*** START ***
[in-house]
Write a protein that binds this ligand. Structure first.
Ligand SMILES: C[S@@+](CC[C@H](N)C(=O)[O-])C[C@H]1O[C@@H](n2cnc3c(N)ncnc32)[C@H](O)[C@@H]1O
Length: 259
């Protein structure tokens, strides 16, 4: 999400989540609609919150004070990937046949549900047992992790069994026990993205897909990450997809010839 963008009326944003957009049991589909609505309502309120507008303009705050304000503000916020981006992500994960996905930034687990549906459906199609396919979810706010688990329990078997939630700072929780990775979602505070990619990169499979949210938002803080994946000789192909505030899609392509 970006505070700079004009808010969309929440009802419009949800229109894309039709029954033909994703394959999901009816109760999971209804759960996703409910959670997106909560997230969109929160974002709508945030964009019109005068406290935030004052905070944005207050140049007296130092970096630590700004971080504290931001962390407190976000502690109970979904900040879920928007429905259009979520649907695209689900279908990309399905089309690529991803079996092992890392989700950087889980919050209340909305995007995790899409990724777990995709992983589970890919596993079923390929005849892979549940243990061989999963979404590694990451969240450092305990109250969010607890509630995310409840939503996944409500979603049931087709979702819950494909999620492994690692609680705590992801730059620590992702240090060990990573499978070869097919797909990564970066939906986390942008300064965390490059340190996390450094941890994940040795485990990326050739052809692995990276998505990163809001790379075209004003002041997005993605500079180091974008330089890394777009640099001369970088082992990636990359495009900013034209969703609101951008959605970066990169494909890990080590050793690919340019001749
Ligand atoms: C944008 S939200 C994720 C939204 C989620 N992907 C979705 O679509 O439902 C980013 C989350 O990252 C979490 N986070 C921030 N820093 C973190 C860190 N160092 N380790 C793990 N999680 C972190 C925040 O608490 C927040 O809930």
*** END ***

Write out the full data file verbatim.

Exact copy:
[in-house]
Write a protein that binds this ligand. Structure first.
Ligand SMILES: C[S@@+](CC[C@H](N)C(=O)[O-])C[C@H]1O[C@@H](n2cnc3c(N)ncnc32)[C@H](O)[C@@H]1O
Length: 259
């Protein structure tokens, strides 16, 4: 999400989540609609919150004070990937046949549900047992992790069994026990993205897909990450997809010839 963008009326944003957009049991589909609505309502309120507008303009705050304000503000916020981006992500994960996905930034687990549906459906199609396919979810706010688990329990078997939630700072929780990775979602505070990619990169499979949210938002803080994946000789192909505030899609392509 970006505070700079004009808010969309929440009802419009949800229109894309039709029954033909994703394959999901009816109760999971209804759960996703409910959670997106909560997230969109929160974002709508945030964009019109005068406290935030004052905070944005207050140049007296130092970096630590700004971080504290931001962390407190976000502690109970979904900040879920928007429905259009979520649907695209689900279908990309399905089309690529991803079996092992890392989700950087889980919050209340909305995007995790899409990724777990995709992983589970890919596993079923390929005849892979549940243990061989999963979404590694990451969240450092305990109250969010607890509630995310409840939503996944409500979603049931087709979702819950494909999620492994690692609680705590992801730059620590992702240090060990990573499978070869097919797909990564970066939906986390942008300064965390490059340190996390450094941890994940040795485990990326050739052809692995990276998505990163809001790379075209004003002041997005993605500079180091974008330089890394777009640099001369970088082992990636990359495009900013034209969703609101951008959605970066990169494909890990080590050793690919340019001749
Ligand atoms: C944008 S939200 C994720 C939204 C989620 N992907 C979705 O679509 O439902 C980013 C989350 O990252 C979490 N986070 C921030 N820093 C973190 C860190 N160092 N380790 C793990 N999680 C972190 C925040 O608490 C927040 O809930």